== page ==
Should couples stop seeing the world the moment they have a child? We all know the answer to that. But how do you continue to go on road-trips the same way you did when it was just the two of you? Normal life is going to be stressful enough, but now you have an infant to take care of. It's not like you can just carry on as normal, you have to be more aware of time, food, temperature and mood you are in. At the same time you don’t want to be the family that looks like they just got out of a walk-through car wash either. You want to make sure you’re not so stressed and physically worn out that you actually enjoy your road-trip. The best-laid plans can awry if you don’t follow the rules of road-tripping with an infant. Whether you’re off for a three-day weekend or going out on the road for a week or more, make sure you do these things.
Driving at dusk
Infants are prone to cry even when everything is okay. They might be itchy, sweating, hot or just plainly not happy with the ambient car noise. So, to make things more comfortable for both the parents and the child, it's best to drive at dusk. During the late afternoon or early evening is the best time to get going. This will mean whenever you set off on a long drive, the time will be between 4pm to 6pm. The main reason being that your infant will be sleeping at this time of the day which makes driving long distances far more relaxing. Not only this but since he or she will be sleeping, you’re not listening to constant crying and screaming.
The other benefits also include the fact that the roads and highways will be far less congested. You can time when people will be getting off work and leave just before or just after the everyday rush hour has faded away. Parents will get a chance to talk to each other and snack while on the road. It's also a great idea to switch drivers so both of you can get a good few hours of sleep in. driving during the evening and arriving at your chosen place to stay in the early morning, allows you to dress more casually.
Don’t sacrifice comfort
First and foremost, you need to bring along a portable cot. Hotels and privately run accommodation establishments are fine for adults but they don’t have much in the way of infant care. Not only that but you don’t really want to put your infant on a bed that isn’t yours for hygiene purposes. To go with the cot, take a Play N Pack Mattress with you since you can easily fold it up and fit it inside any portable cot. The foam mattress remains springy and comfortable no matter what the temperature is and it's lightweight. Dragging it everywhere with you won’t be nearly as difficult as one would expect.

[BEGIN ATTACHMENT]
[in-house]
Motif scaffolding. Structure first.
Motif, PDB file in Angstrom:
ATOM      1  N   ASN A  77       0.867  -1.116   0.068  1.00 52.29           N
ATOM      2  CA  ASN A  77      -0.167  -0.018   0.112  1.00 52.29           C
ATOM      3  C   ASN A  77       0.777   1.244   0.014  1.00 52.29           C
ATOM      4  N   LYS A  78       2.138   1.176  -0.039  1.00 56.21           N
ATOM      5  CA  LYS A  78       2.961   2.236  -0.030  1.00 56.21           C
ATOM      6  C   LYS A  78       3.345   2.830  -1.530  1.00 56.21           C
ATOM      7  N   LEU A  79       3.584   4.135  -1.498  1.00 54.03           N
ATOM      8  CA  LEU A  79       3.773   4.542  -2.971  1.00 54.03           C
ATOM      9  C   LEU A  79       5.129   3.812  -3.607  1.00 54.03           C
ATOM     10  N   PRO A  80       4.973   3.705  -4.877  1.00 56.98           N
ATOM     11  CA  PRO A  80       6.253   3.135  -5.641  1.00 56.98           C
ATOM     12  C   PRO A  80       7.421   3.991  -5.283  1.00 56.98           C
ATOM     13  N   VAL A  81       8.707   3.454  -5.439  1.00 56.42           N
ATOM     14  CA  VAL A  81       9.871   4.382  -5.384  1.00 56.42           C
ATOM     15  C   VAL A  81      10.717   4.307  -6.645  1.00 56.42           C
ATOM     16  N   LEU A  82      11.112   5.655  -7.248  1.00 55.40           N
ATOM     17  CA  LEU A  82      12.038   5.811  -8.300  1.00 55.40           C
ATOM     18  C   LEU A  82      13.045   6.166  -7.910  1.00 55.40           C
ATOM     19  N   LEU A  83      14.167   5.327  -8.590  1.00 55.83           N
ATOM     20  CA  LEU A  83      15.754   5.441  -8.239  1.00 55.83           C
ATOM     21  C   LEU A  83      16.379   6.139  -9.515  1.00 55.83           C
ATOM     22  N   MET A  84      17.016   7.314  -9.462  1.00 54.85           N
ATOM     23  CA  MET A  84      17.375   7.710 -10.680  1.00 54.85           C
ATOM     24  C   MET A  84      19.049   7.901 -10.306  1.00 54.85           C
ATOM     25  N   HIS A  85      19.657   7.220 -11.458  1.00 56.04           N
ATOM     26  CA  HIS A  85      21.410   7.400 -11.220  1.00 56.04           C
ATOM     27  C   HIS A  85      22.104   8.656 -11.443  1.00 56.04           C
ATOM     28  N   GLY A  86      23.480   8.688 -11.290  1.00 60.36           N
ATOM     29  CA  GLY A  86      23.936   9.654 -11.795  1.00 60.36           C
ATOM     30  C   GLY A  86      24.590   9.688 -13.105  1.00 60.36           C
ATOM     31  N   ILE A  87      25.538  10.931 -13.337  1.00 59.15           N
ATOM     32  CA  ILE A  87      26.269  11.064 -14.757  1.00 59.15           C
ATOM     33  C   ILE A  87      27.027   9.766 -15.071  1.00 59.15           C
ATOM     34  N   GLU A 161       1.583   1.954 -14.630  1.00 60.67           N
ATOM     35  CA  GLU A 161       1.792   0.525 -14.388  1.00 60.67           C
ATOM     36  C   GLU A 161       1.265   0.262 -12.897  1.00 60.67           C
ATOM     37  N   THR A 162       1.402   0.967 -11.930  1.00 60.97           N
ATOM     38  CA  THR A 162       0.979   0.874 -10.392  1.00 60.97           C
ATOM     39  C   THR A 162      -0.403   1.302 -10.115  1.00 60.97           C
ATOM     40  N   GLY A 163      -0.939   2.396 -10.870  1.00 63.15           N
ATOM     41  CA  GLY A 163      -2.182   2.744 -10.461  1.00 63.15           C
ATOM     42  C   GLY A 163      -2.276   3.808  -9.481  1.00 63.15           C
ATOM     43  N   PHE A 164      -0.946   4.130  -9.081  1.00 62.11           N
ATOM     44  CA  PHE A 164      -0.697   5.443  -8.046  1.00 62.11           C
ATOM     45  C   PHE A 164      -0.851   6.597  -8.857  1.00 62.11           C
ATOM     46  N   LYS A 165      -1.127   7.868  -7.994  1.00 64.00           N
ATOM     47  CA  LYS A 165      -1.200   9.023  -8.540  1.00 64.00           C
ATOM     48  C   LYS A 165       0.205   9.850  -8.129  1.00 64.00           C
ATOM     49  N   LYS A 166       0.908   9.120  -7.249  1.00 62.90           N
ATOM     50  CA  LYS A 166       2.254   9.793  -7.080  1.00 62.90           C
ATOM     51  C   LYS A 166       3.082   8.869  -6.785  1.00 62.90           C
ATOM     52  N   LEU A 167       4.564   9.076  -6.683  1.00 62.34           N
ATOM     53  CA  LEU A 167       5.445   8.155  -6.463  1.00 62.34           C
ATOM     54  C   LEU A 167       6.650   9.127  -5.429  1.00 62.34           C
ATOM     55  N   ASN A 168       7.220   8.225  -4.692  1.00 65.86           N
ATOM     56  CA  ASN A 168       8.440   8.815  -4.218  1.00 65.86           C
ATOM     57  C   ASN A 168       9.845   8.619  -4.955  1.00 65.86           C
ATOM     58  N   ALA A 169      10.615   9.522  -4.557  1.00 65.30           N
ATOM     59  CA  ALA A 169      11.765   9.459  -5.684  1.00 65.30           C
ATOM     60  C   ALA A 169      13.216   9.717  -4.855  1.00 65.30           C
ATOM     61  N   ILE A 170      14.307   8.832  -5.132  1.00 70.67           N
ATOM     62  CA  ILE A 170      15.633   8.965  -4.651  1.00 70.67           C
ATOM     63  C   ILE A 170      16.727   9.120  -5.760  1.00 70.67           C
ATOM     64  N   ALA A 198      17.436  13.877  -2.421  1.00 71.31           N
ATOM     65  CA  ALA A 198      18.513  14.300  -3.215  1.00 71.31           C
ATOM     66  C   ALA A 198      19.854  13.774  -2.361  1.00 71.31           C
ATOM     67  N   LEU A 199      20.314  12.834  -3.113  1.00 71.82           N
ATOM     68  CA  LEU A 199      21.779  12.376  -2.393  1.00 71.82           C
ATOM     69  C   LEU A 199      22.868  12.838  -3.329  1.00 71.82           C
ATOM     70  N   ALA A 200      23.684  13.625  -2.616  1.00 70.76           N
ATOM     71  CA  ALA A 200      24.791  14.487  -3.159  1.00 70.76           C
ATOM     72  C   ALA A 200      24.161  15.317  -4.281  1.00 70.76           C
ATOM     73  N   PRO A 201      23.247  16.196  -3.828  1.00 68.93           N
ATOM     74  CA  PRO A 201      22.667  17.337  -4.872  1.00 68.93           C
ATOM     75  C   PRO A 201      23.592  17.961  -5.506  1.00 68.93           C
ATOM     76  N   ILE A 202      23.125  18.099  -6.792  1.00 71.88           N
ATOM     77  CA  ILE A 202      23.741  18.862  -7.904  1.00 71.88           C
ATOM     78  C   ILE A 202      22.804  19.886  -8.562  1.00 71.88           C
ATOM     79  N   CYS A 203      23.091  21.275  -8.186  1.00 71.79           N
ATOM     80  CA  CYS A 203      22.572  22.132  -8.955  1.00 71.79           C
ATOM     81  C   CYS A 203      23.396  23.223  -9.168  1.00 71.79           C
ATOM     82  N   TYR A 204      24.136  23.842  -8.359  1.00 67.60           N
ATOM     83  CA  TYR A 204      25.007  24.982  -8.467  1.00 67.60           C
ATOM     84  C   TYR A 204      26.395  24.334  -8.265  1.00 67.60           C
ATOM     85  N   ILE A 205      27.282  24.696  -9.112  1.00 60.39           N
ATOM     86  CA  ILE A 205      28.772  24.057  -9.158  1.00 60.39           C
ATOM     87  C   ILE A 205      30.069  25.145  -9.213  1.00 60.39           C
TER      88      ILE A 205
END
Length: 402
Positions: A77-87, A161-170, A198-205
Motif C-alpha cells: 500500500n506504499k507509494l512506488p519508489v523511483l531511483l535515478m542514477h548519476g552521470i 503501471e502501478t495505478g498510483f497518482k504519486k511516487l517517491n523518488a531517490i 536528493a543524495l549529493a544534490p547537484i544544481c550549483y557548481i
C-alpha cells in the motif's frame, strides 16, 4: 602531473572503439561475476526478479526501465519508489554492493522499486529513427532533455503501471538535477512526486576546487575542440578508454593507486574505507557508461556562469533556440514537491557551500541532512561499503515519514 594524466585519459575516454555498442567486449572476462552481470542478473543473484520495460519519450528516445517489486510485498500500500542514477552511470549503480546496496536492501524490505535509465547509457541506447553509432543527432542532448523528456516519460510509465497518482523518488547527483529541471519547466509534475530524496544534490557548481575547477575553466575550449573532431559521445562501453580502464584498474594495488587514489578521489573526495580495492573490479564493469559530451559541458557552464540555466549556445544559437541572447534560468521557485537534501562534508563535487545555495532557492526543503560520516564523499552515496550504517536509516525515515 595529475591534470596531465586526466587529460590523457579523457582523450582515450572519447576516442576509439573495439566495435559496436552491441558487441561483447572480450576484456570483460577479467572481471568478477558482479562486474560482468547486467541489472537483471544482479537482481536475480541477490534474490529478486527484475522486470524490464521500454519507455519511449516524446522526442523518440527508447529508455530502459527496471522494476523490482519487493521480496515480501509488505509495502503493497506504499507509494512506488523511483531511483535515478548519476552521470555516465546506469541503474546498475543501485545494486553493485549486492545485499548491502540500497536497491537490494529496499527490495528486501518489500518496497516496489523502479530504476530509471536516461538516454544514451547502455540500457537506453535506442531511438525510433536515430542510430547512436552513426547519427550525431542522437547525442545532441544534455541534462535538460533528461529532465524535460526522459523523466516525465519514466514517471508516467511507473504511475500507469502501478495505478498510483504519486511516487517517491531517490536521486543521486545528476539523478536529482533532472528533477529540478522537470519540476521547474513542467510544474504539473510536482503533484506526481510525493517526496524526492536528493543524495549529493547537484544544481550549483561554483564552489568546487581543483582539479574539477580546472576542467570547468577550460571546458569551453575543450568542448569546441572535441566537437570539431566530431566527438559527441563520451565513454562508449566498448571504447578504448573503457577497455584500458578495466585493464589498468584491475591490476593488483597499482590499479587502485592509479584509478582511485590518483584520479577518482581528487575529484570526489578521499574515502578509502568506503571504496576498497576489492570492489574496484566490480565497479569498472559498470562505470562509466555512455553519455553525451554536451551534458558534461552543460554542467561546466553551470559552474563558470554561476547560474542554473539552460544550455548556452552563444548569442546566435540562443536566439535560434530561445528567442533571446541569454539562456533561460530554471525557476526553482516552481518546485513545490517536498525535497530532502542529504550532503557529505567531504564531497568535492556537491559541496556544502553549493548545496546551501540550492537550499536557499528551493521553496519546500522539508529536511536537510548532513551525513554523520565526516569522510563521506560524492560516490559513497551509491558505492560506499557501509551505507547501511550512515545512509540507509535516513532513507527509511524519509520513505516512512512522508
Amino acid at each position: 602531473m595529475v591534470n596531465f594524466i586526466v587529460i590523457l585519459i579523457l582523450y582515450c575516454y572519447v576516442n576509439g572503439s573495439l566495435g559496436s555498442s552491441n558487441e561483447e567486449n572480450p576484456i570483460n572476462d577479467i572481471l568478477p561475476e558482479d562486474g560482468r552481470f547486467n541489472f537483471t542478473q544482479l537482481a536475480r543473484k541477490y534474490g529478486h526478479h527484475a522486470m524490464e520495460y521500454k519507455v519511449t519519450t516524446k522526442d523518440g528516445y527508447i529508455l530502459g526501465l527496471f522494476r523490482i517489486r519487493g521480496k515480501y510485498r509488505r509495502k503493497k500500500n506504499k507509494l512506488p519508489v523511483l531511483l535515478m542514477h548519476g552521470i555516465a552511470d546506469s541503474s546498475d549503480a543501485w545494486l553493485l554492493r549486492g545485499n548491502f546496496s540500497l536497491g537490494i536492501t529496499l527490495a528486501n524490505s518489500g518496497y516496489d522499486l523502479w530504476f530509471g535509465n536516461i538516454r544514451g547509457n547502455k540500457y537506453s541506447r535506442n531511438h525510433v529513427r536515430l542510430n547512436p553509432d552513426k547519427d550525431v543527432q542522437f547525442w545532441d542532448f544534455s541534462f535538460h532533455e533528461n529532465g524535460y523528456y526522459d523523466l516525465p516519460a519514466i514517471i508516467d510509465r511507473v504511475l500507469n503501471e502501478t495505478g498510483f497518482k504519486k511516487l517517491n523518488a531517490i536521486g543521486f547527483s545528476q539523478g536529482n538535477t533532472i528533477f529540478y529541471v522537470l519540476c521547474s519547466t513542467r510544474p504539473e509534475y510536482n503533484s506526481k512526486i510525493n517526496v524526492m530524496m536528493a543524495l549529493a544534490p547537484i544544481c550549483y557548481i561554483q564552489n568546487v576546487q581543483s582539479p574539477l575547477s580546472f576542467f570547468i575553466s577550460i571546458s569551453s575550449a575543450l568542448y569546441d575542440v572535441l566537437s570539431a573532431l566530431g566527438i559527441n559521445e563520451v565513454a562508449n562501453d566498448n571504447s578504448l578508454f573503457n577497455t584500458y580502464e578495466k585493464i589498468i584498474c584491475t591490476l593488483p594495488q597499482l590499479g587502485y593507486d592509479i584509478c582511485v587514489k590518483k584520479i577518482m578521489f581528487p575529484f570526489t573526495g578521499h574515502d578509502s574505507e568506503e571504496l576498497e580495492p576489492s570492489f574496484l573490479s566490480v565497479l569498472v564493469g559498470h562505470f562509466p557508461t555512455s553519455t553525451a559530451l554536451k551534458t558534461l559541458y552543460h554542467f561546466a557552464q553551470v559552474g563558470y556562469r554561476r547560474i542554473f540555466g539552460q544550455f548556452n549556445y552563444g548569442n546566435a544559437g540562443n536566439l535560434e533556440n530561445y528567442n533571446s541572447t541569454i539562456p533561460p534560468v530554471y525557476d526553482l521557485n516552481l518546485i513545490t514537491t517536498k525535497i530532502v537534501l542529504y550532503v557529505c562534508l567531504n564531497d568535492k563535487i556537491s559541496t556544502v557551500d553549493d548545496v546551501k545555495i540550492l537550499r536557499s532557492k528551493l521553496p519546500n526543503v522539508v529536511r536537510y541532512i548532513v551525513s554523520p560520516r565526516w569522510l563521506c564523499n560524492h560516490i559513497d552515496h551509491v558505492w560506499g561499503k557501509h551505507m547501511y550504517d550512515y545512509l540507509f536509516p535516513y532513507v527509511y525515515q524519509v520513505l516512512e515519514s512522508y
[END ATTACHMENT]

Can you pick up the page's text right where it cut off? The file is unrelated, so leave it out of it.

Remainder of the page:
For the parents, you should also take with you blankets and pillows that you find most comfortable. Granted you’re a family that is on a road-trip so you might not have a large budget. You can offset any cheap rooms by taking with you your own bedroom needs such as a duck feather pillow or an Egyptian cotton blanket.
Be prepared for your infant
It's crucial that you wake with you a ‘ready kit’ for your infant. The things that you would normally have with you at home in abundance, need to be mimicked or brought with you. For example, make sure you have a portable changing mat for diapers swaps. Take with you a small bag of diapers and a packet of baby wipes. Make sure that you pack as thermometer to check your infant’s temperature. Be sure to take with you headache medicine that is for infants such as infant ibuprofen. Portable durable baby milk bottles are also a must as you will be feeding your infant while on the road so you should not have glass objects that can break. An extra warm blanket is always there if the temperature drops or if it rains and you need to wrap more layers around your infant.
Take some toys with you as well, preferably those that will not break so easily. In this day and age you don’t really need to pack bedtime books as you should have your smartphone or tablet with you for that.
Get out of each other’s hair
You will need to remind yourself about this when you’re out and about, but stop getting in each other’s hair. If a couple is arguing while on the road by themselves, it's not a great mixture of circumstances. You are both with each other all the time. You have to be, because you’re in the same car traveling to where you need to go. You’re always there when they wake up, you’re always there when you go for dinner and when it's time to sleep. So arguing and bickering is commonplace among couples on road-trips. However when you have an infant to look after you simply cannot do that.
If you raise your voices and shout at each other, the infant will be in distress and start crying loudly. You also might be so taken away with your emotions that you forget to care for your child properly. The best thing you can do is give each other space. Take turns to babysit your infant and take opportunities to be apart from each other. Elect to have dinner separately or enjoy sightseeing apart as well. Every now and then this is something you need to have so you can have a little more ‘me time’.
Families with infants should never become boring and restrict themselves from enjoying life. Road-trips are brilliant for growing families because they’re very cost-effective and you have more control over your brief holiday. Take with you some bare essentials for the infant such as wipes, diapers, a portable cot and a mattress. Take time away from each other as parents and emotionally regroup so you’re not prone to annoy each other.